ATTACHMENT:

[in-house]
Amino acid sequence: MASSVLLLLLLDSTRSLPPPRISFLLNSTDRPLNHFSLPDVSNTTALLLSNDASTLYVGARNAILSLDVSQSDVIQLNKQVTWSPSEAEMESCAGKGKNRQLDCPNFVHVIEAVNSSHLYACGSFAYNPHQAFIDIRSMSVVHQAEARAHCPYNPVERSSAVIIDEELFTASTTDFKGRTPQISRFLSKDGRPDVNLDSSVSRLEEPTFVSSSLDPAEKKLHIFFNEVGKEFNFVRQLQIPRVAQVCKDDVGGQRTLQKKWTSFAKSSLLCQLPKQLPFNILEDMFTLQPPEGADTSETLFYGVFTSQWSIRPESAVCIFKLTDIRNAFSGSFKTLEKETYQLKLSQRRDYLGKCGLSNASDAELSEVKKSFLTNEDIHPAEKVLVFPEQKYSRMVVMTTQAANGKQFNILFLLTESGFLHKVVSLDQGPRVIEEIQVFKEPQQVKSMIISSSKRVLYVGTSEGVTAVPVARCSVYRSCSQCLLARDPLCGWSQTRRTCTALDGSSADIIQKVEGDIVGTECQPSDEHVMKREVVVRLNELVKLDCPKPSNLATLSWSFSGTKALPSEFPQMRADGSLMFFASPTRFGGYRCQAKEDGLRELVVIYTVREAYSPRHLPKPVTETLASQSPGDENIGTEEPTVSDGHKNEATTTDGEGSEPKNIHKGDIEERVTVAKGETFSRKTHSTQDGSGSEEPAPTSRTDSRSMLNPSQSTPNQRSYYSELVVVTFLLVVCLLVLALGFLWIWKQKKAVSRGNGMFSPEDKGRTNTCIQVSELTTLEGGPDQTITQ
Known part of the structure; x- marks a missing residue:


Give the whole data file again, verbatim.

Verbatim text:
[in-house]
Amino acid sequence: MASSVLLLLLLDSTRSLPPPRISFLLNSTDRPLNHFSLPDVSNTTALLLSNDASTLYVGARNAILSLDVSQSDVIQLNKQVTWSPSEAEMESCAGKGKNRQLDCPNFVHVIEAVNSSHLYACGSFAYNPHQAFIDIRSMSVVHQAEARAHCPYNPVERSSAVIIDEELFTASTTDFKGRTPQISRFLSKDGRPDVNLDSSVSRLEEPTFVSSSLDPAEKKLHIFFNEVGKEFNFVRQLQIPRVAQVCKDDVGGQRTLQKKWTSFAKSSLLCQLPKQLPFNILEDMFTLQPPEGADTSETLFYGVFTSQWSIRPESAVCIFKLTDIRNAFSGSFKTLEKETYQLKLSQRRDYLGKCGLSNASDAELSEVKKSFLTNEDIHPAEKVLVFPEQKYSRMVVMTTQAANGKQFNILFLLTESGFLHKVVSLDQGPRVIEEIQVFKEPQQVKSMIISSSKRVLYVGTSEGVTAVPVARCSVYRSCSQCLLARDPLCGWSQTRRTCTALDGSSADIIQKVEGDIVGTECQPSDEHVMKREVVVRLNELVKLDCPKPSNLATLSWSFSGTKALPSEFPQMRADGSLMFFASPTRFGGYRCQAKEDGLRELVVIYTVREAYSPRHLPKPVTETLASQSPGDENIGTEEPTVSDGHKNEATTTDGEGSEPKNIHKGDIEERVTVAKGETFSRKTHSTQDGSGSEEPAPTSRTDSRSMLNPSQSTPNQRSYYSELVVVTFLLVVCLLVLALGFLWIWKQKKAVSRGNGMFSPEDKGRTNTCIQVSELTTLEGGPDQTITQ
Known part of the structure; x- marks a missing residue: